The mystery surrounding the super drone that pursing police pilots in Tucson called “pretty freaking sophisticated” as it outran and outmaneuvered them last February remains near complete. But new reporting indicates that incident wasn’t the first time authorities in the region encountered the craft – or another souped-up UAV just like it.
As with virtually all the groundbreaking information on the saga since it was first acknowledged by FBI officials in May, the new input comes from The Drive’s War Zone reporter Brett Tingley. Using Freedom of Information Act requests for archived Air Traffic Mandatory Occurrence Reports, Tingley discovered that a strikingly similar police chase of an eerily comparable mega-drone was filed in 2016 in virtually the same area around Tucson’s Davis-Monthan Air Force Base (DMAFB).
In both cases, a UAV with a single flashing green position light attained remarkable speeds and altitude levels to leave chasing helicopters in its dust before vanishing.
In February, that occurred after a drone nearly collided with a Customs and Border Patrol helicopter above Tucson before 11 p.m. As described here, here, and here, a serpentine, 70-mile pursuit then ensued for over an hour at speeds exceeding 100 mph, and altitudes of up to 14,000 feet. Despite being joined by a Tucson Police helicopter, pilots never got a decent look at the craft as it buzzed around them in what one officer described as a nose-tweaking evasive display of agility and speed before it dashed off into a cloud bank.
The 2016 incident records obtained by the War Zone contain details an ambulance helicopter’s December 26 report of a drone flying about 100 feet below its own 1,000 foot altitude – more than double the maximum allowed by Federal Aviation Administration (FAA) rules. The encounter occurred just before 11 p.m., well after the FAA’s 30-minutes-after-sundown limitation for UAV flights at that time. As happened this year, a Tucson Police chopper was dispatched to help track the craft, which – like the one in February – repeatedly changed altitude as it ditched chasing authorities. The report describes it, too, as being “lit by a green position light and was of rotor variety.”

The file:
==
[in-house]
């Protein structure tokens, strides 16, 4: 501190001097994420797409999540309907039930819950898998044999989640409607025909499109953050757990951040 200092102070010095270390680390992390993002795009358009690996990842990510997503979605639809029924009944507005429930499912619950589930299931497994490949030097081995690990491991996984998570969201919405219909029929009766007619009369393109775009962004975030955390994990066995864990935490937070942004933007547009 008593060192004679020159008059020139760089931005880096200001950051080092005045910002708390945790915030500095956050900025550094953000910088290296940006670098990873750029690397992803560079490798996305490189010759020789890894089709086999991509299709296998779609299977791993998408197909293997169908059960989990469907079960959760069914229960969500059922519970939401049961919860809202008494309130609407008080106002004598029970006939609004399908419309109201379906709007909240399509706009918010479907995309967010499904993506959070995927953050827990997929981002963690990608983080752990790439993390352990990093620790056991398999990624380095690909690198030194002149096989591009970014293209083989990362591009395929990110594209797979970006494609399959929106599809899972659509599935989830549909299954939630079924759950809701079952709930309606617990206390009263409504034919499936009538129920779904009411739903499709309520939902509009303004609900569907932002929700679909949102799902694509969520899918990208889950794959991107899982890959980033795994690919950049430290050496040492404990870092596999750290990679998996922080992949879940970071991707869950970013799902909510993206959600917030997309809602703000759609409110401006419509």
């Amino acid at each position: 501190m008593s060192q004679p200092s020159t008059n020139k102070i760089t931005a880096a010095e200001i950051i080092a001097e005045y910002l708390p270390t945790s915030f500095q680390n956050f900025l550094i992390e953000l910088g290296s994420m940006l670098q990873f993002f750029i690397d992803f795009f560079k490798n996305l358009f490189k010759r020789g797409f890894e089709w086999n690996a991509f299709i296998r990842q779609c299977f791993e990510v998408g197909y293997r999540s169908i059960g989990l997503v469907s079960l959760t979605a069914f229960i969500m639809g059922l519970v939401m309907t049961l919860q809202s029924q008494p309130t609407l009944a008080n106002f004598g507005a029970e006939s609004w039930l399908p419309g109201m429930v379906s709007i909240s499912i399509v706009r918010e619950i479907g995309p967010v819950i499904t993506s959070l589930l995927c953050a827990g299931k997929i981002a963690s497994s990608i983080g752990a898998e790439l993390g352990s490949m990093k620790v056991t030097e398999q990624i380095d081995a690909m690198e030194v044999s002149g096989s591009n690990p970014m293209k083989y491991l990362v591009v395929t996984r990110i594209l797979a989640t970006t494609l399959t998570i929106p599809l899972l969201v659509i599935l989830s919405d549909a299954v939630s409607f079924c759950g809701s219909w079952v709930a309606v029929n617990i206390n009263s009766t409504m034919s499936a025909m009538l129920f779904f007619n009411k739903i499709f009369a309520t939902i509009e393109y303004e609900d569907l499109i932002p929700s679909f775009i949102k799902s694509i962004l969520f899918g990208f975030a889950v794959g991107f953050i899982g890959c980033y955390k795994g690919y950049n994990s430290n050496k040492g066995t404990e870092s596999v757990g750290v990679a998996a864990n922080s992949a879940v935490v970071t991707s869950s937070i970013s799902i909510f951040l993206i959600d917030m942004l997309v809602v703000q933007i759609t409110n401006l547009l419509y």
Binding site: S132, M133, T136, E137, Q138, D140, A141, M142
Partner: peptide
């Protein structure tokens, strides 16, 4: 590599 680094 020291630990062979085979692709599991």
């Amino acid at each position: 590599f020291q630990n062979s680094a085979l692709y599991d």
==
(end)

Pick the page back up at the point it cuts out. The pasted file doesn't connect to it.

Both incidents occurred near DMAFB – a restricted airspace that the February drone returned to repeatedly as it zigzagged away from official aircraft on its tail. Both events ended when the enigmatic UAV involved zipped off to the west of Tucson’s city limits. Both began at roughly the same time: 10:46 p.m. this year, and 10:58 p.m. in 2016. And just to make the similarities really unnerving, the Tucson Police helicopters scrambled to join in those chases over four years apart both wound up operating under the callsign “Air02.”
All just coincidence? Possibly, since very little is known about the mysterious super drones in both Tucson police pursuits.
But War Zone notes that its own UAV Geography tool, which compiles FAA UAV incidence reports between 2015 and 2020, registers 32 of those strange sightings in the same area of Tucson where the two mystery craft put on their show. Meaning either the restricted airspace over DMAFB has an inexplicable magnetic pull for rogue drone pilots, or whoever was at the controls of the shadowy craft seemed to regard it as home.
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